Fighter Squadron 94 was commissioned at NAS Alameda, California in 1952. Nicknamed the Mighty Shrikes, the squadron was named after a small carnivorous bird of prey that impales its victim on sharp thorns. The Mighty Shrikes began flying the F4U Corsair, but quickly transitioned to jet aircraft. For the next five years, the squadron received and flew the F7U-7, FJ-3, F9F-8, F8U-1, F11F-1 Tiger and FJ-4.
The Mighty Shrikes were re-designated as Light Attack Squadron 94 in 1958 and moved to NAS Lemoore, California in 1962. VA-94 aviators flew all models of the A-4 Skyhawk before transitioning to the A-7 Corsair II in February 1971.
The Mighty Shrikes completed seven consecutive combat deployments to Southeast Asia, commencing with a cruise aboard USS RANGER in 1964. In 1965, as part of Air Wing 9, the squadron was airlifted to Norfolk to join USS ENTERPRISE on her first combat cruise. The squadron was assigned to Air Wing 5 in 1966 and completed four combat deployments aboard USS HANCOCK and USS BON HOMME RICHARD. After transitioning to the A 7 Corsair II, the squadron was assigned to Air Wing 15 and completed its final Southeast Asia combat deployment aboard USS CORAL SEA. VA-94 aircraft led the first major Navy bombing strikes into North Vietnam after the 1968 bombing halt and participated in the mining of Haiphong harbor.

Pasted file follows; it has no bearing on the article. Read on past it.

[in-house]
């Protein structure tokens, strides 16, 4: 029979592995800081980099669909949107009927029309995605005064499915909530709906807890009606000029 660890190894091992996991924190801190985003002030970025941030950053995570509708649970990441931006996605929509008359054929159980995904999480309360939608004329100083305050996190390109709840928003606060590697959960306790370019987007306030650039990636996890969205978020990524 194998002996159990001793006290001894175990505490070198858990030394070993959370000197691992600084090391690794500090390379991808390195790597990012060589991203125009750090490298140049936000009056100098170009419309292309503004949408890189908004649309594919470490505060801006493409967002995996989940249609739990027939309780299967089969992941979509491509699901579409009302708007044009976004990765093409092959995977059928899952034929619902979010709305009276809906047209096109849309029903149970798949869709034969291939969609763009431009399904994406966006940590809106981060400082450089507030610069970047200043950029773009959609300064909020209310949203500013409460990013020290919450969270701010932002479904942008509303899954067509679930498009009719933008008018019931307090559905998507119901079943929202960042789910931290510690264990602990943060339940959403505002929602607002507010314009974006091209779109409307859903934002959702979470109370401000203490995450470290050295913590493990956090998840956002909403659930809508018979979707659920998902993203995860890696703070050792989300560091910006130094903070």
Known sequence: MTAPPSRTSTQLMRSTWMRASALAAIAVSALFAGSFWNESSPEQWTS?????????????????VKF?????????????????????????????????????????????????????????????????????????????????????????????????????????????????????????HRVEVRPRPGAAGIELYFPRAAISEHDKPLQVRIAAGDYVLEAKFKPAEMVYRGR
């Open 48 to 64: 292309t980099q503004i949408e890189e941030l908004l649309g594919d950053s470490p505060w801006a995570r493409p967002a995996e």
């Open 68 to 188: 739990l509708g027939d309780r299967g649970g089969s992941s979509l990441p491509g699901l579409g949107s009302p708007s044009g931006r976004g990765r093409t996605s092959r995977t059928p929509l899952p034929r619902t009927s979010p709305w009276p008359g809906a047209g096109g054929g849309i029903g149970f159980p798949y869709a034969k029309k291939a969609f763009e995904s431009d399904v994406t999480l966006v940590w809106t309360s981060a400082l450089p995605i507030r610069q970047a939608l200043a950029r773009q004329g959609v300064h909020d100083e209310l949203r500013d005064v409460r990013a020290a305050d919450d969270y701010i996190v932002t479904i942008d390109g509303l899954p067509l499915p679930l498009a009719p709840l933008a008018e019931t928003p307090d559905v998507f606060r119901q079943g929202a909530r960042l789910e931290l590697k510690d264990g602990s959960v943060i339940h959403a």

In 1973, the squadron deployed on its first peacetime cruise in a decade, again with Carrier Air Wing 15 aboard USS CORAL SEA. In 1975, the Mighty Shrikes participated in Operation FREQUENT WIND, the Saigon evacuation which terminated United States military involvement in Vietnam. Shortly thereafter, the squadron participated in the recovery of SS MAYAGUEZ after its seizure by Cambodia. From May 1979 to January 1980, the squadron deployed aboard USS KITTY HAWK to the Western Pacific and Indian Oceans, including 63 days of operations in the Arabian Sea during the Iran Hostage Crisis. The squadron’s next deployment aboard USS KITTY HAWK was completed in 1981.